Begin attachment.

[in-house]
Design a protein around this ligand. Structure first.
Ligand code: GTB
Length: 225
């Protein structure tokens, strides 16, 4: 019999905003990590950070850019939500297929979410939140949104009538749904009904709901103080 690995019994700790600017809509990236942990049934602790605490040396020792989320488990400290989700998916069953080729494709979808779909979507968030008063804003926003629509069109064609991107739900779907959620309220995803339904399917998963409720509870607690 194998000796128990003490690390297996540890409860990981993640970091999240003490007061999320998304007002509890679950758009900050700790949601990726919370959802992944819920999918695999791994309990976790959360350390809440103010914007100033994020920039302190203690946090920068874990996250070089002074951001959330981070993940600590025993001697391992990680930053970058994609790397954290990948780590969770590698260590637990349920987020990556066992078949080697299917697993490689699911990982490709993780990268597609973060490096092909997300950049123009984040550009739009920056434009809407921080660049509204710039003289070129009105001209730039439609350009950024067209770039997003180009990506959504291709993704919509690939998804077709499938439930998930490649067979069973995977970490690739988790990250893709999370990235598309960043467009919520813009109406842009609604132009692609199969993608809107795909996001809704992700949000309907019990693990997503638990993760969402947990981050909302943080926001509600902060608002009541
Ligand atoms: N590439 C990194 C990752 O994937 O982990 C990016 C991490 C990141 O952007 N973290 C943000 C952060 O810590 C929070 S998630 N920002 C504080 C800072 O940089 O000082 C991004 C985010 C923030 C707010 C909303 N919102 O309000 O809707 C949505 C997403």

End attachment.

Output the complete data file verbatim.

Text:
[in-house]
Design a protein around this ligand. Structure first.
Ligand code: GTB
Length: 225
């Protein structure tokens, strides 16, 4: 019999905003990590950070850019939500297929979410939140949104009538749904009904709901103080 690995019994700790600017809509990236942990049934602790605490040396020792989320488990400290989700998916069953080729494709979808779909979507968030008063804003926003629509069109064609991107739900779907959620309220995803339904399917998963409720509870607690 194998000796128990003490690390297996540890409860990981993640970091999240003490007061999320998304007002509890679950758009900050700790949601990726919370959802992944819920999918695999791994309990976790959360350390809440103010914007100033994020920039302190203690946090920068874990996250070089002074951001959330981070993940600590025993001697391992990680930053970058994609790397954290990948780590969770590698260590637990349920987020990556066992078949080697299917697993490689699911990982490709993780990268597609973060490096092909997300950049123009984040550009739009920056434009809407921080660049509204710039003289070129009105001209730039439609350009950024067209770039997003180009990506959504291709993704919509690939998804077709499938439930998930490649067979069973995977970490690739988790990250893709999370990235598309960043467009919520813009109406842009609604132009692609199969993608809107795909996001809704992700949000309907019990693990997503638990993760969402947990981050909302943080926001509600902060608002009541
Ligand atoms: N590439 C990194 C990752 O994937 O982990 C990016 C991490 C990141 O952007 N973290 C943000 C952060 O810590 C929070 S998630 N920002 C504080 C800072 O940089 O000082 C991004 C985010 C923030 C707010 C909303 N919102 O309000 O809707 C949505 C997403």